With an estimated 57 dogs found per sq km in the Aarey Milk Colony, leopards from the adjoining Sanjay Gandhi National Park (SGNP) stray outside the park’s boundary for these easy preys, resulting in man-animal conflict, said a survey conducted as part of Mumbaikars for SGNP (MFSGNP) campaign.
“The abundant canine population coupled with the garbage strewn around human settlements near SGNP’s boundary increases the potential of the leopard’s prey base. Dogs, cats, pigs and cattle are all attracted to garbage and the leopards follow them to these spots,” said Vidya Athreya, project director, MFSGNP.
On Saturday, Athreya, a wildlife expert working with Centre for Wildlife Studies (CWS), Bangalore, spoke on the man-animal conflict during the Earth Mela organised by non-government organization (NGO) Sprouts Environment Trust.
This year, leopards have killed six people residing around the national park’s periphery in tribal hamlets of Maroshi Pada, Charandev Pada, Khindipada and Shankar Tekdi. On December 7, Anthony VK Fernandes, a private security guard, was killed by a leopard inside the Bhandup water complex in Bhandup (W).
The MFSGNP campaign was launched in September last year where 25 wildlife scientists, experts and forest authorities started working on ways to reduce the man-animal conflict. The project team installed ca mera traps in SGNP and Aarey colony for 153 days to study the movement of the leopards.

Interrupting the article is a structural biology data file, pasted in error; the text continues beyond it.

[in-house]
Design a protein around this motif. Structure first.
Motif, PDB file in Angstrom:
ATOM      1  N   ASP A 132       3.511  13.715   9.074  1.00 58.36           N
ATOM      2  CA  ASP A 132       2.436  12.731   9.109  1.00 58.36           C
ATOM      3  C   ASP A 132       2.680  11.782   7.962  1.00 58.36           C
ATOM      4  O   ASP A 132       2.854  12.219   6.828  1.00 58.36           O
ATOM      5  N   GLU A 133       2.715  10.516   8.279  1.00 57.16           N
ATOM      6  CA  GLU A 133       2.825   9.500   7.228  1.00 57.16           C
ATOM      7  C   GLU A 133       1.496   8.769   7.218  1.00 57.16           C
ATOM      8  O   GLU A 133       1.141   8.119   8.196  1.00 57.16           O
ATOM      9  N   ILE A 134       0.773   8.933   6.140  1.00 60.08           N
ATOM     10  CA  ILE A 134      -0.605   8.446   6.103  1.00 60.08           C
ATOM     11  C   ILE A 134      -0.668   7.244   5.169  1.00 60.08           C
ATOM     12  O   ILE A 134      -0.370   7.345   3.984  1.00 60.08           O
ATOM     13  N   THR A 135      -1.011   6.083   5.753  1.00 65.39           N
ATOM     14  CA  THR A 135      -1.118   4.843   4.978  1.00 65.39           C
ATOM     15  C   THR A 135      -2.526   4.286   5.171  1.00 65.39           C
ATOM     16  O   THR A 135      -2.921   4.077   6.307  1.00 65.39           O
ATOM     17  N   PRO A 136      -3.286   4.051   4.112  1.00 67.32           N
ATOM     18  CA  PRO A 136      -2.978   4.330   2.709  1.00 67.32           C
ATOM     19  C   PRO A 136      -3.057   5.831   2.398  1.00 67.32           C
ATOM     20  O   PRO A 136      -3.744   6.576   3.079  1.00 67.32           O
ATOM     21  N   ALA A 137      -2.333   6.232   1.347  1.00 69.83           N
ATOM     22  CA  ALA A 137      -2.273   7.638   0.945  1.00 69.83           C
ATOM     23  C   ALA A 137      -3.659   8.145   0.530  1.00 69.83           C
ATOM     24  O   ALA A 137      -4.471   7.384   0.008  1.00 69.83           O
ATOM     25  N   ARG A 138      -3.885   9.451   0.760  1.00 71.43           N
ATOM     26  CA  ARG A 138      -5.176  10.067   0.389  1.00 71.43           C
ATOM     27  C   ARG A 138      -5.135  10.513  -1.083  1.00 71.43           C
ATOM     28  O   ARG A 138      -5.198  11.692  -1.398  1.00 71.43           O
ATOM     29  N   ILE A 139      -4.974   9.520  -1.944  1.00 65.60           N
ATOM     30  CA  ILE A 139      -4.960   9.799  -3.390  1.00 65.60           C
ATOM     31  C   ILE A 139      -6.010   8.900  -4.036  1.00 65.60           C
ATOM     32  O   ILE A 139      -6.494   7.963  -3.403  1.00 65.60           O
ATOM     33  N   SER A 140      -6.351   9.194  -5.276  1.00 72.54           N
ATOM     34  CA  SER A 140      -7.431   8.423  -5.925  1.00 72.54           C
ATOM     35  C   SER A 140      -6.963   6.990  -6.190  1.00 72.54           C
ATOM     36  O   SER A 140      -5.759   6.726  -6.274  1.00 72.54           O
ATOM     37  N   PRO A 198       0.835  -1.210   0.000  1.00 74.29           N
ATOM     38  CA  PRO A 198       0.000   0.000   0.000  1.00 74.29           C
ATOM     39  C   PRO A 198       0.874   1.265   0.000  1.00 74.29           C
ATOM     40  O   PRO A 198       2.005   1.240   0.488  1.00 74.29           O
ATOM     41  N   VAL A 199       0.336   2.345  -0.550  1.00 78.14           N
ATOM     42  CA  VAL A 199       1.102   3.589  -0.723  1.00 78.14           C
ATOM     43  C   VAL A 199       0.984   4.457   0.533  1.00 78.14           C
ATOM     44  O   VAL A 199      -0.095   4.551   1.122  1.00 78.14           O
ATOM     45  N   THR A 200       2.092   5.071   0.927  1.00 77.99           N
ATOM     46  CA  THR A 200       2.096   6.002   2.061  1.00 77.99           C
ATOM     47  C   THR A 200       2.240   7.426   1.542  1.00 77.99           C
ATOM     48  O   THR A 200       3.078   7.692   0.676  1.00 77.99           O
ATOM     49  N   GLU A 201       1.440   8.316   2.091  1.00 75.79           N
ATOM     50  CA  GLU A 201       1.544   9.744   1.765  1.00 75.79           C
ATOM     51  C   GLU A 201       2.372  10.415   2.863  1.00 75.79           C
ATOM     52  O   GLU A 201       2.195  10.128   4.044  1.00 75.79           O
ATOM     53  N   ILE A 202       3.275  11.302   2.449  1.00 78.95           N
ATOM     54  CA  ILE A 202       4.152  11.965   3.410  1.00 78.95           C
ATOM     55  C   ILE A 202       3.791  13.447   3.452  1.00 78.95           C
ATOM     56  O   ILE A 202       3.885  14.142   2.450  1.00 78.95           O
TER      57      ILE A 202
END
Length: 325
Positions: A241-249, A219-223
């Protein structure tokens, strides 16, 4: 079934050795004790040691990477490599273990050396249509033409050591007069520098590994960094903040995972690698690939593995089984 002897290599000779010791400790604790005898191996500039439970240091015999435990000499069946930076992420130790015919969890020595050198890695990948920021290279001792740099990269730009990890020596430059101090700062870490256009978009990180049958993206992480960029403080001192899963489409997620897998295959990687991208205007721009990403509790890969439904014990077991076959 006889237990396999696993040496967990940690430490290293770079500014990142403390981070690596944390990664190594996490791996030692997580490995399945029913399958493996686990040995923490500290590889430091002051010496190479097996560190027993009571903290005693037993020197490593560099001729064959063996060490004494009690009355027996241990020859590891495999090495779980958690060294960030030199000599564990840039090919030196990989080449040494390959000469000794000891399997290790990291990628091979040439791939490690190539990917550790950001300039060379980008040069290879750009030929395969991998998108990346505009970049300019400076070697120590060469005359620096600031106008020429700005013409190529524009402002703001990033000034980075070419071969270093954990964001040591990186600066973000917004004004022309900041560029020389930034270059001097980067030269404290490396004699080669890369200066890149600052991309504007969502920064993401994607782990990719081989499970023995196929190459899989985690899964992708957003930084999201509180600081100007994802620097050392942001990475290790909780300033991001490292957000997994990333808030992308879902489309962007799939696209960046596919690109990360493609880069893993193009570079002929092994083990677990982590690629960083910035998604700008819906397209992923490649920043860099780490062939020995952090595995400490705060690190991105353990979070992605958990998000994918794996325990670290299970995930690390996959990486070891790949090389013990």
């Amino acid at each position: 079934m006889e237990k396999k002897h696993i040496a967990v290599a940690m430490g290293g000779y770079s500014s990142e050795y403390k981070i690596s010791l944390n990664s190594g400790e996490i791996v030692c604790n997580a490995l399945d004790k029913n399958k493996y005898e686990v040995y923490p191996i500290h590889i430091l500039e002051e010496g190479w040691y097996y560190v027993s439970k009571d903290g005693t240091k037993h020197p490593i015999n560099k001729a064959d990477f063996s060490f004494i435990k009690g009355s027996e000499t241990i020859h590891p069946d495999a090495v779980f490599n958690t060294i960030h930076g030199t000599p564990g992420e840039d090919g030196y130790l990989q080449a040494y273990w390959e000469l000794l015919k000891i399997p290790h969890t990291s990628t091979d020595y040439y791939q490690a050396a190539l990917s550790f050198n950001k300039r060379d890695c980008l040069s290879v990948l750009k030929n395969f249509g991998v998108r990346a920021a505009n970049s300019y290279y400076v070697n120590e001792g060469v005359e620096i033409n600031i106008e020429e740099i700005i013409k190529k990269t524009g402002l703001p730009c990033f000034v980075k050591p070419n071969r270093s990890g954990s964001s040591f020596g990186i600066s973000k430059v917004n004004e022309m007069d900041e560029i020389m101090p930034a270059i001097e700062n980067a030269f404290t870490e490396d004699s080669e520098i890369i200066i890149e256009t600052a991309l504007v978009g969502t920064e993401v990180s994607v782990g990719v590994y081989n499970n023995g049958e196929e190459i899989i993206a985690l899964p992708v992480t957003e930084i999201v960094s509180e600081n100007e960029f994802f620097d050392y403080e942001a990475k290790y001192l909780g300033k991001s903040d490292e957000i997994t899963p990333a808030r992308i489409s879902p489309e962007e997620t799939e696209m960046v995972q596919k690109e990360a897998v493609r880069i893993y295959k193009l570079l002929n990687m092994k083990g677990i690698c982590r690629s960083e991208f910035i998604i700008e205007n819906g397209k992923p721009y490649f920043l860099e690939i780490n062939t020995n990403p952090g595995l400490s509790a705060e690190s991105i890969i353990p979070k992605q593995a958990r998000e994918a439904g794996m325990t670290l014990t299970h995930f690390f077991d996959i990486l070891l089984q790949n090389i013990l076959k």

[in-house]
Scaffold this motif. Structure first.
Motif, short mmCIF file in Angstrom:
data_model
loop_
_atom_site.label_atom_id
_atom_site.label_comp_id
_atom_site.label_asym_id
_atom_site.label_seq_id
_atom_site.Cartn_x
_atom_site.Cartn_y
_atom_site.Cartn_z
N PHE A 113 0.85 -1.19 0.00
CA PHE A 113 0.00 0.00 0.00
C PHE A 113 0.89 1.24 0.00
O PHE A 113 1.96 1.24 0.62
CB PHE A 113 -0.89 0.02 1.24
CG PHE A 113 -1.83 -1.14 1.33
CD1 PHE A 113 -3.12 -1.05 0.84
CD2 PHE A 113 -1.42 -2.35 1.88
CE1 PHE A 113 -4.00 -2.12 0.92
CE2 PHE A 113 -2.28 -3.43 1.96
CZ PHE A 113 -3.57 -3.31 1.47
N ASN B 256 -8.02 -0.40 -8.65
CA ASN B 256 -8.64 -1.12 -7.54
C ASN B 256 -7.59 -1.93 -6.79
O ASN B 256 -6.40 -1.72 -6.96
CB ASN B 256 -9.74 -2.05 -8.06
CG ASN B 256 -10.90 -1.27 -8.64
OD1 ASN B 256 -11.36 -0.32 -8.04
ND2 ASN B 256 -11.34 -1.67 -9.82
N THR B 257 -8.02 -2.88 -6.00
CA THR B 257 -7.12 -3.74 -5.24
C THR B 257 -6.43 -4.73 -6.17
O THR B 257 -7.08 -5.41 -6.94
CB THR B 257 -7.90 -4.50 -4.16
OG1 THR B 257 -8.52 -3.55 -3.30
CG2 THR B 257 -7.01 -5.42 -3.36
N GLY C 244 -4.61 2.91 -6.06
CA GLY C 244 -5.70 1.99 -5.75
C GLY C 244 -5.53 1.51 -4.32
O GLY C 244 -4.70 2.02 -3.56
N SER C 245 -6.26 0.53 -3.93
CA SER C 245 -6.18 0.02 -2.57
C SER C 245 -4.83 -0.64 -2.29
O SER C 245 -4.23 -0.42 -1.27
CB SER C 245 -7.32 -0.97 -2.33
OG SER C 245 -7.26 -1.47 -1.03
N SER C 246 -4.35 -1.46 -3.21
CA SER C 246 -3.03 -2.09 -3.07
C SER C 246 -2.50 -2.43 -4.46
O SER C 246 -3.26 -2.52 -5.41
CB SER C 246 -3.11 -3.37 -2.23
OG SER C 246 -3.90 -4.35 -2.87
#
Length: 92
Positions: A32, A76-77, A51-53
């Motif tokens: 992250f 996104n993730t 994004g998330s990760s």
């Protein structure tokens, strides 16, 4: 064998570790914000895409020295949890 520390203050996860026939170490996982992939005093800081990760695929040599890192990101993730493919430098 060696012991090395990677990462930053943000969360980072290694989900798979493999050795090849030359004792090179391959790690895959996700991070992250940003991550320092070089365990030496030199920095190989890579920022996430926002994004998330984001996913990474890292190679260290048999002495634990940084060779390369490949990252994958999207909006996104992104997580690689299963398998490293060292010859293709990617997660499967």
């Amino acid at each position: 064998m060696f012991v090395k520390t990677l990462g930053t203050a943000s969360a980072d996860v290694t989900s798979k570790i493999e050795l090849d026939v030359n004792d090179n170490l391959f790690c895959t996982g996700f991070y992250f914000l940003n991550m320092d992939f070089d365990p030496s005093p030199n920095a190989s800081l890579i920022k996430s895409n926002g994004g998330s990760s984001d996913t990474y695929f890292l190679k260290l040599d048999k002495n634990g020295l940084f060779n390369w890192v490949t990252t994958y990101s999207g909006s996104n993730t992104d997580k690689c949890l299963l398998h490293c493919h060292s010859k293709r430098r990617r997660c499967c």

Commenting on the increasing man-animal conflict in the city, Athreya said, “There are an estimated 21 leopards in 140 sq km area of SGNP and Aarey Colony. Though leopards also prey on herbivores in the park, the high occurrence of dogs, cats, pigs and cattle outside the park acts a trigger for them to stray, bringing them closer to humans.”
Having studied man-animal conflict in Akole tehsil, Ahmednagar district, Athreya found out that leopards adapt to urban environment better than most wild animals and usually prey on one dog a week.
“The urban populace must realise that cleaning up garbage around their housing complexes is one of the easiest ways to avoid man-animal conflict. Across the world, animals such as bears, mountain lions that stray into urban areas are all attracted to domesticated animals who linger around garbage,” added Athreya.